How experienced are most mediators who work in court programs? How busy are they? The answers varied from country to country (although not much within specific countries). Most respondents had worked on at least 100 cases, although a majority of respondents in Bulgaria and China reported mediating fewer than 100. Mediators in Australia, Brazil, India, and Israel were especially experienced and busy: most had mediated more than 100 cases and reported mediating more than 20 hours per month (which we estimate to be more than two or three cases a month).
As anyone who has ever mediated in a court or court-connected program knows, the source of case referrals is important. Do most cases get sent to mediation by a judge or court official? Staff from a court-connected program? A majority of respondents (64%) reported that they receive referrals from the court staff or staff of a mediation center affiliated with the court, which underscores the central role that court and court-affiliated ADR play in building mediation into the legal systems of these varied countries. The second-most common referral source was the parties themselves, which suggests that users of mediation have had positive mediation experiences or have been exposed to successful public awareness efforts about mediation’s benefits. More specifically, party referrals comprise more than half of the respondents’ cases in Australia, the Netherlands, and Spain, while in Brazil, Bulgaria, China, India, Israel, and Slovenia, court referrals account for that same amount.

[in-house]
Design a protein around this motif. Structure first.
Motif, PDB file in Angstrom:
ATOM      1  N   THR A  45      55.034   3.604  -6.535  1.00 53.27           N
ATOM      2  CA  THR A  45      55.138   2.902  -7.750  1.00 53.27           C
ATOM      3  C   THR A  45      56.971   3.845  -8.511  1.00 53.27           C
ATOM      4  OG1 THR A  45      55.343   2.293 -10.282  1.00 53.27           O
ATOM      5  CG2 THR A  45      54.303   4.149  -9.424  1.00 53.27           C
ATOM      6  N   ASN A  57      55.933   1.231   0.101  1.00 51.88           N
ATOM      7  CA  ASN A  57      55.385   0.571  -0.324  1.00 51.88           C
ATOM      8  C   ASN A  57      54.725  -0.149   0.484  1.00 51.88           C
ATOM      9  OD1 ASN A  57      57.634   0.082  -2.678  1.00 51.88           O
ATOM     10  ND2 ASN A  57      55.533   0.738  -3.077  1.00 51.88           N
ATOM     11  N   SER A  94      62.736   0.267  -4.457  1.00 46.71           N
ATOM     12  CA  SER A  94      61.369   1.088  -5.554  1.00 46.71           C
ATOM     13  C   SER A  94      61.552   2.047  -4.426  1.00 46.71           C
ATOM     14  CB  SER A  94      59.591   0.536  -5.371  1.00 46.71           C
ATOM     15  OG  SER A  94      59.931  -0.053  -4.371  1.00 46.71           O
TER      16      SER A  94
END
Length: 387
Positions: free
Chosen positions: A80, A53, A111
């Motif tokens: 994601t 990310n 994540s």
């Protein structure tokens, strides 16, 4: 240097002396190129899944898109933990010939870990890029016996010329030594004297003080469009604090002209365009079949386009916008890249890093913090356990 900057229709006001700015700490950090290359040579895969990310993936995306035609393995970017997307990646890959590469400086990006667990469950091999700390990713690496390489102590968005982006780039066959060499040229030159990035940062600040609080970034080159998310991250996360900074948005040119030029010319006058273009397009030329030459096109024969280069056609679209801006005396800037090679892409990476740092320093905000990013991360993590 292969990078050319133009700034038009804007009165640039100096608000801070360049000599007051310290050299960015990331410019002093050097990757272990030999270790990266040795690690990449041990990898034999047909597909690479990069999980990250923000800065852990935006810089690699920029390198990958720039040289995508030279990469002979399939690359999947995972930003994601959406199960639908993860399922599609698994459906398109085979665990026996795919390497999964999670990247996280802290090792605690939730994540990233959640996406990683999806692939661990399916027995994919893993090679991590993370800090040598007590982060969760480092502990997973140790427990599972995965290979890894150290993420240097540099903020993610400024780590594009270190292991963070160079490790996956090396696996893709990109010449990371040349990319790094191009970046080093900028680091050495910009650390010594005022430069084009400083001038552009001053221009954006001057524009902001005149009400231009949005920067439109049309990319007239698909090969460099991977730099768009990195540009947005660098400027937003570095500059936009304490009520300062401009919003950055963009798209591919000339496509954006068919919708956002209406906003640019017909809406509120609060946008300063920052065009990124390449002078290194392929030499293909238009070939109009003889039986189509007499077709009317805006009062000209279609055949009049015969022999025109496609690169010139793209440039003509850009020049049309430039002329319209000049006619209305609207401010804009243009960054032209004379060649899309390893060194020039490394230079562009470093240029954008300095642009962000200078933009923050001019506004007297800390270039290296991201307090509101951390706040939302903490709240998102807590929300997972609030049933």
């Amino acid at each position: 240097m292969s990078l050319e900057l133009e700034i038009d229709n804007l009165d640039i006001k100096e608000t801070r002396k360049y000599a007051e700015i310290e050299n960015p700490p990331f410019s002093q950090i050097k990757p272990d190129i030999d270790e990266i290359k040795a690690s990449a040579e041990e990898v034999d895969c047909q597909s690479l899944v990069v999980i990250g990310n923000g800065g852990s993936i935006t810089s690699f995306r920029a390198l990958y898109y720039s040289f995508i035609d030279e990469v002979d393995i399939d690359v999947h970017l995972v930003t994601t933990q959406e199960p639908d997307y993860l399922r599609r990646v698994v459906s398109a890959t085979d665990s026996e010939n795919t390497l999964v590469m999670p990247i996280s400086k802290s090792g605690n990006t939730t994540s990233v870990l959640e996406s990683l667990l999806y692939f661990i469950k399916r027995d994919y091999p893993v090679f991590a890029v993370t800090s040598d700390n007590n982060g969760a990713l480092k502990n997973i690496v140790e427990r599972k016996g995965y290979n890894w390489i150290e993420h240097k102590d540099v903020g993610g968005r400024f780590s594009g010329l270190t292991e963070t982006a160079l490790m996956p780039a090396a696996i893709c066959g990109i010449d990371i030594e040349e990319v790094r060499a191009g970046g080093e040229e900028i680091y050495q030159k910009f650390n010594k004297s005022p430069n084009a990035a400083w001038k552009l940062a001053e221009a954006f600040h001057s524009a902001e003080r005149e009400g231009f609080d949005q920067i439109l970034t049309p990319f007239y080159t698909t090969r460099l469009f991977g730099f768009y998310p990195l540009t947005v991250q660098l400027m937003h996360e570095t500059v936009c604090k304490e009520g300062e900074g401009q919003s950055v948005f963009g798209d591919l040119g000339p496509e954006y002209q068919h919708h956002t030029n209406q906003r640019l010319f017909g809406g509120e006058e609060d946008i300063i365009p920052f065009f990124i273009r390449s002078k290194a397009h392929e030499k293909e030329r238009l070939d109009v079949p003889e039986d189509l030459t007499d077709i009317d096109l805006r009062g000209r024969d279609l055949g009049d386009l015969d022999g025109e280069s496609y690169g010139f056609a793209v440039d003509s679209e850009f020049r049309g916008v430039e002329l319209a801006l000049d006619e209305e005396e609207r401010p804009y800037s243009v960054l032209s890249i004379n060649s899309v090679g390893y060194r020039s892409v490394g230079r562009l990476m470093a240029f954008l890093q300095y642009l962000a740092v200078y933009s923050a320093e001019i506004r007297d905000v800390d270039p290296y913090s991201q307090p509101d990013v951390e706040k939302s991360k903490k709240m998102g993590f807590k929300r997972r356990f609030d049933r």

Like many of their court-affiliated counterparts in the United States, the overseas respondents mediated a wide array of case types (see Table 2). Most respondents indicated that they mediate more than one type, which suggests they do not choose to – or maybe cannot afford to – specialize in a single kind of case. Commercial, general civil, and family law cases predominate, with employment close behind.